Cooperstown Crier - Your Source for Hometown News - Cooperstown, Baseball Hall of Fame

January 9, 2014

Foothills hosts Chamber talk on economy

By Denise Richardson The Daily Star
Cooperstown Crier

---- — Parking fees, a rock concert and well-received art exhibits were among factors in 2013 that reflect efforts to secure Cooperstown’s future, the village mayor said Tuesday during a business-oriented event in Oneonta.

Cooperstown continues taking steps toward economic vitality but also must be at the table of ongoing talks about economic development, village mayor Jeff Katz said to about 65 guests at the Otsego County Chamber of Commerce.

Katz was among elected leaders and business representatives who addressed the need for economic development that can provide jobs, welcome businesses and sustain the quality of life within the region. Jobs, tax cuts, mandate relief and collaboration were key words in a wide-ranging discussion at the event Tuesday morning at the Foothills Performing Arts and Civic Center.

Other speakers were Oneonta Mayor Dick Miller, state Assemblyman Pete Lopez, R-Schoharie; state Assemblyman Bill Magee, D-Nelson; state Sen. James Seward, R-Milford; and U.S. Rep. Chris Gibson, R-Kinderhook.

Guests also included bankers and education and health care officials.

“We all have a common goal,” Joseph Sutaris, senior vice president at Community Bank, the event sponsor, said in welcoming remarks. “That goal is quality of life. Economic development is entwined with quality of life.”

Gov. Andrew Cuomo is promoting entrepreneurship as well as tax relief for businesses, among other measures to further the economy and attract investments to the state.

Local organizations also have been advocating for economic progress. In November, Seward was host to an economic summit for Otsego County last year that identified strengths, including agricultural and water resources, and needs, such as shovel-ready sites for relocating firms.

However, Sutaris said, economic development calls not only for supporting start-up ventures but also existing companies.

Seward said government relief also must be applied to benefit businesses that have stayed in New York.

Seward said his legislative priorities include continued work to increase access to broadband for residents and businesses and equitable funding for school districts. Seward said he doesn’t object to the Common Core Curriculum but its “disastrous roll-out” indicates a need for more professional and staff development and support from parents.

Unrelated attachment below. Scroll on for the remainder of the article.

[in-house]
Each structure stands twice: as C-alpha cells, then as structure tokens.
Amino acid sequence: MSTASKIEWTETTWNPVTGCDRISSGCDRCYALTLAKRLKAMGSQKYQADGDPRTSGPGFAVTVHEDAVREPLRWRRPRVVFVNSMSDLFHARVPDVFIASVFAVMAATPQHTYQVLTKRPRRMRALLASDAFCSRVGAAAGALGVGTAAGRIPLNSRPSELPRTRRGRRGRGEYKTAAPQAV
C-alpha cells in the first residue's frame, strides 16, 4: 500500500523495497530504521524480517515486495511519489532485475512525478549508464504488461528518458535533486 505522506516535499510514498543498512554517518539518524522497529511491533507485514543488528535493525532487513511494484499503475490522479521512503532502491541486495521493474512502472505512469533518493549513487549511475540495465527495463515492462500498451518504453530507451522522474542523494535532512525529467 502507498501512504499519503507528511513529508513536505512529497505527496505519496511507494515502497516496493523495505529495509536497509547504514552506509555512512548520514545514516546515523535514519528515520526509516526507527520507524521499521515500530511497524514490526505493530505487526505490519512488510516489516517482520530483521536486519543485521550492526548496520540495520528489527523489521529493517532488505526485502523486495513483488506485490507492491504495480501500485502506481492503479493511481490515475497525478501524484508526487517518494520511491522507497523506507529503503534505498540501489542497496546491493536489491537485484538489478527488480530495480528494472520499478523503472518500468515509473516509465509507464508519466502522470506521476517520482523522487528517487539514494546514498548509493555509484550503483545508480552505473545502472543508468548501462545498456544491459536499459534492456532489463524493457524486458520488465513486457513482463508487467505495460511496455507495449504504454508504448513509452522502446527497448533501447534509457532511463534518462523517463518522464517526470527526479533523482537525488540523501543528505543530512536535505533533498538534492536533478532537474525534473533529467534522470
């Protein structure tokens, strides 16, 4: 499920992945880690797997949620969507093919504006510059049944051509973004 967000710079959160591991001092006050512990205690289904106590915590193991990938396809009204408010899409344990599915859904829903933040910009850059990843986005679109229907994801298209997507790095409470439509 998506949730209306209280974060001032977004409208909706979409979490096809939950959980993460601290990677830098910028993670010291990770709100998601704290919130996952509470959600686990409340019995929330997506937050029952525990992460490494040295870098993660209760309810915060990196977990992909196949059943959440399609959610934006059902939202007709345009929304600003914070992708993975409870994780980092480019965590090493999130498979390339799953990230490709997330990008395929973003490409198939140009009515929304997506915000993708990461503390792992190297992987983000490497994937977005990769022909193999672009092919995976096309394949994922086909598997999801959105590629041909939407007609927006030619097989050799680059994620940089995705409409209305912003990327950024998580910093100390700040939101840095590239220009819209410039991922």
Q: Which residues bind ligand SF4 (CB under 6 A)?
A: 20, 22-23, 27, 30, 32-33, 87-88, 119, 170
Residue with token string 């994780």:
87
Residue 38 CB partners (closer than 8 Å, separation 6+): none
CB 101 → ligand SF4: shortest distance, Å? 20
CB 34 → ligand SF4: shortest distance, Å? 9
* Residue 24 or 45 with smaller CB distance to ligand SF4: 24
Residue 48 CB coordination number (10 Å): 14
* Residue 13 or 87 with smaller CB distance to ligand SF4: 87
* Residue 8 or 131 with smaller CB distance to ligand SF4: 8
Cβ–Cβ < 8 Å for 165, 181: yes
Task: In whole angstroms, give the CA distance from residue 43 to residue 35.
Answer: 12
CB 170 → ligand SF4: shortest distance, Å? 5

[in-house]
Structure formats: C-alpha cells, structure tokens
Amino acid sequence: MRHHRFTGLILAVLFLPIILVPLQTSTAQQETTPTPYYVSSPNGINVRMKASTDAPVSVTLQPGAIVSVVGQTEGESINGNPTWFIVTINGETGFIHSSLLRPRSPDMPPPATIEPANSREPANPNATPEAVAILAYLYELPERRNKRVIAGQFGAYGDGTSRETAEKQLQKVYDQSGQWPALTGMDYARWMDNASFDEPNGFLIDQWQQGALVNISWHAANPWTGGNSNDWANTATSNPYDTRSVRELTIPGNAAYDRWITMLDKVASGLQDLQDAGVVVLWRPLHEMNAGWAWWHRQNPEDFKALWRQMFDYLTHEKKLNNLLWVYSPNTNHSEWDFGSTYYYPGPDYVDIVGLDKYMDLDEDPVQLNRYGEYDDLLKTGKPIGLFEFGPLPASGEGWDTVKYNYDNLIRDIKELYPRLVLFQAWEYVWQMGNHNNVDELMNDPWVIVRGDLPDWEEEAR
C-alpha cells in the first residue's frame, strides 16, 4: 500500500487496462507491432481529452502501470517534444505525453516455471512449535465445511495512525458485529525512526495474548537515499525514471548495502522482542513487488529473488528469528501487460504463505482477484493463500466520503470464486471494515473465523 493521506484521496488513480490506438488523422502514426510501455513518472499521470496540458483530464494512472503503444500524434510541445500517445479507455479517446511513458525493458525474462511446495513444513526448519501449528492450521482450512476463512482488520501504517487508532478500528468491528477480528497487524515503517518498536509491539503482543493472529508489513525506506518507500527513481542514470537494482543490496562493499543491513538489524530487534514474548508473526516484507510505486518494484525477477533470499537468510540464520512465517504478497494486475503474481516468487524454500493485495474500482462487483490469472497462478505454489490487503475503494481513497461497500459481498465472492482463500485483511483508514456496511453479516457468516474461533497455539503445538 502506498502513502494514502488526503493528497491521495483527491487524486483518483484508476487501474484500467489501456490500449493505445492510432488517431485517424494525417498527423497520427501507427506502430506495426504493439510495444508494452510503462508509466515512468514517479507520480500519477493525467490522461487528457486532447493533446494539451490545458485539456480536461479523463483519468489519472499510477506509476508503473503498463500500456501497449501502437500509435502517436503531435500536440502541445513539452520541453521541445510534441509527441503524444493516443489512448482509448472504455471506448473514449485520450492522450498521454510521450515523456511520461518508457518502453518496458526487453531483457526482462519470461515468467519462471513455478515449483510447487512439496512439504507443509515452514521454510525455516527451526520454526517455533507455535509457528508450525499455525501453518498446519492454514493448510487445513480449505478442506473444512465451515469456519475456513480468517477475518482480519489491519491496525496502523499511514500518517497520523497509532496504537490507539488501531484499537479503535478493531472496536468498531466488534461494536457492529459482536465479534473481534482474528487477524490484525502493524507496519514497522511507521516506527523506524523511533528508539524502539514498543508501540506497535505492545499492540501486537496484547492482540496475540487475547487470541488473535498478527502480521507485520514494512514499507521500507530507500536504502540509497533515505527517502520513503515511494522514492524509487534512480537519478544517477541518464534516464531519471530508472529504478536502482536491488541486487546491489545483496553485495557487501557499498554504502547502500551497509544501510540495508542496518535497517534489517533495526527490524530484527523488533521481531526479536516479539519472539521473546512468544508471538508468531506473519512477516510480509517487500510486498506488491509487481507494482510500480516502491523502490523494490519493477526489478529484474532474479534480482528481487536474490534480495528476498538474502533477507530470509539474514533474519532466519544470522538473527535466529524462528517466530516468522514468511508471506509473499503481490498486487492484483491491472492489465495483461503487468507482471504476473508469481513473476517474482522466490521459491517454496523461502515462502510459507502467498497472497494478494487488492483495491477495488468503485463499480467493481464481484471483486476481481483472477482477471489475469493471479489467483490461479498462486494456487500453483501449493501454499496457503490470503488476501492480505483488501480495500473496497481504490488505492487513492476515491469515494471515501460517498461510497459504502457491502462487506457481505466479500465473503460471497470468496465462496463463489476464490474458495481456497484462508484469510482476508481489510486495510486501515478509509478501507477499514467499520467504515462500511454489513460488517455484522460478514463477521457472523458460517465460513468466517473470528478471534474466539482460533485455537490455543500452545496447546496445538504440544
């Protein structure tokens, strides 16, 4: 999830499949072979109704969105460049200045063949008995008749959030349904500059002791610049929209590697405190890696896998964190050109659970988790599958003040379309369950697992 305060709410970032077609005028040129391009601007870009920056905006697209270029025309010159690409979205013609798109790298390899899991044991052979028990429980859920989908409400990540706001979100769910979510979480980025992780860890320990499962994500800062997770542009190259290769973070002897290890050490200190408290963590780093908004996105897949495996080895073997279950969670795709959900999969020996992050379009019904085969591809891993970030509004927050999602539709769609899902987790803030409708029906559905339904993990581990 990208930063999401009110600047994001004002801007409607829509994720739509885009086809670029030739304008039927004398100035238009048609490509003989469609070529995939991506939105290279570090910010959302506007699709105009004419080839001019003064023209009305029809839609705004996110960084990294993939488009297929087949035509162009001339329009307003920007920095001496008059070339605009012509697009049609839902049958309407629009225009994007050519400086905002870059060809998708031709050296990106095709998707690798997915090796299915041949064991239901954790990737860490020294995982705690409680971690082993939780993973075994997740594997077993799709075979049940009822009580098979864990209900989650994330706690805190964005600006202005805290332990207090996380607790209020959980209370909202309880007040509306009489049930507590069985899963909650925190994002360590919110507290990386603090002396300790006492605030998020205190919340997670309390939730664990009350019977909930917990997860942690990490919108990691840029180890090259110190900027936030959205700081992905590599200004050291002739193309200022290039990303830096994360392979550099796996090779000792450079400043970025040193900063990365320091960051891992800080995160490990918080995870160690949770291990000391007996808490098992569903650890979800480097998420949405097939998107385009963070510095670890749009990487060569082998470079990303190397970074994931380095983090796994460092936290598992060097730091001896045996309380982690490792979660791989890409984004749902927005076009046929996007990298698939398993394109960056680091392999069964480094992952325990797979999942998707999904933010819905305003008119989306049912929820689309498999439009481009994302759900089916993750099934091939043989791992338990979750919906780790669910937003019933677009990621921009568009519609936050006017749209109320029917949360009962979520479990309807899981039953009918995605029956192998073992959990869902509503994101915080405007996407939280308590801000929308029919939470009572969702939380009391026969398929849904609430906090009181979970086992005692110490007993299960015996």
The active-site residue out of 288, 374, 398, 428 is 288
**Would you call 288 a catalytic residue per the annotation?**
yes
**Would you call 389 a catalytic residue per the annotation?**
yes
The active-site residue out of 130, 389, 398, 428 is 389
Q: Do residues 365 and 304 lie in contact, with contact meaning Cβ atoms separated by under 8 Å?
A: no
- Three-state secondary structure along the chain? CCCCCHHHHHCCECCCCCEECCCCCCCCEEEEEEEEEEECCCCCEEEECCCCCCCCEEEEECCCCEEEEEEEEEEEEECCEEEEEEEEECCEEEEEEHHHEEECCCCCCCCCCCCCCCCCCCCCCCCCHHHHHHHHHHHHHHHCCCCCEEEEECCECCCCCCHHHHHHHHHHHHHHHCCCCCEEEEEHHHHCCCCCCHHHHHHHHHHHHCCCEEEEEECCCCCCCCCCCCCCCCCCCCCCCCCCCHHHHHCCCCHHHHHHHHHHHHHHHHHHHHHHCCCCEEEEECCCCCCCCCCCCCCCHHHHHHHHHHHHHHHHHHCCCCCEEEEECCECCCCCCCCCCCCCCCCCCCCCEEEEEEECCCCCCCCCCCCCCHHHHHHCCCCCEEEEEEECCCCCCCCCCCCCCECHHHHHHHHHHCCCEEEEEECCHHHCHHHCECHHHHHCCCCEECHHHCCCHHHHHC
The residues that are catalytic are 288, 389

In Cooperstown last year, a parking fee structure sparked controversy, Katz said, and a performance by Furthur, a band that included two former Grateful Dead members, helped expand the village’s tourism base.

The village continues to take initiatives to secure its financial and economic future by applying for more grants and considering an outdoor dining proposal, Katz said. And the outlook is good for this year’s inductions into the National Baseball Hall of Fame he said.

“As Cooperstown and Oneonta succeed, so does the county,” Katz said.

Lopez called for a main focus in the state capital to be on creating and maintaining jobs.

Laurie Zimniewicz, a semi-retired business consultant and a member of the Oneonta Family YMCA board of trustees, said the program Tuesday showed a collaborative approach among elected leaders toward economic development in the area, particularly the local need for jobs.

On the panel, Magee, chairman of the Assembly Agriculture Committee, welcomed the governor’s proposed tax reforms but said the state has to be sure to “cut the right taxes.” For example, changes to reduce estate taxes may aid families wishing to pass on farms from one generation to another, he said.

“I’ll be working on maintaining funding for agricultural programs,” he said.

In Washington, D.C., the U.S. Senate has passed the Farm Bill, which may come out of conference this week, Gibson said, and the bill will be good for New York state.

Gibson said another key to economic development is re-industrialization of America. Ioxus, a manufacturer of capacitors in Oneonta, is an example of job creation and re-industrialization that is possible and needed in the United States, Gibson said.

“Don’t believe that our best days are behind us,” he told listeners.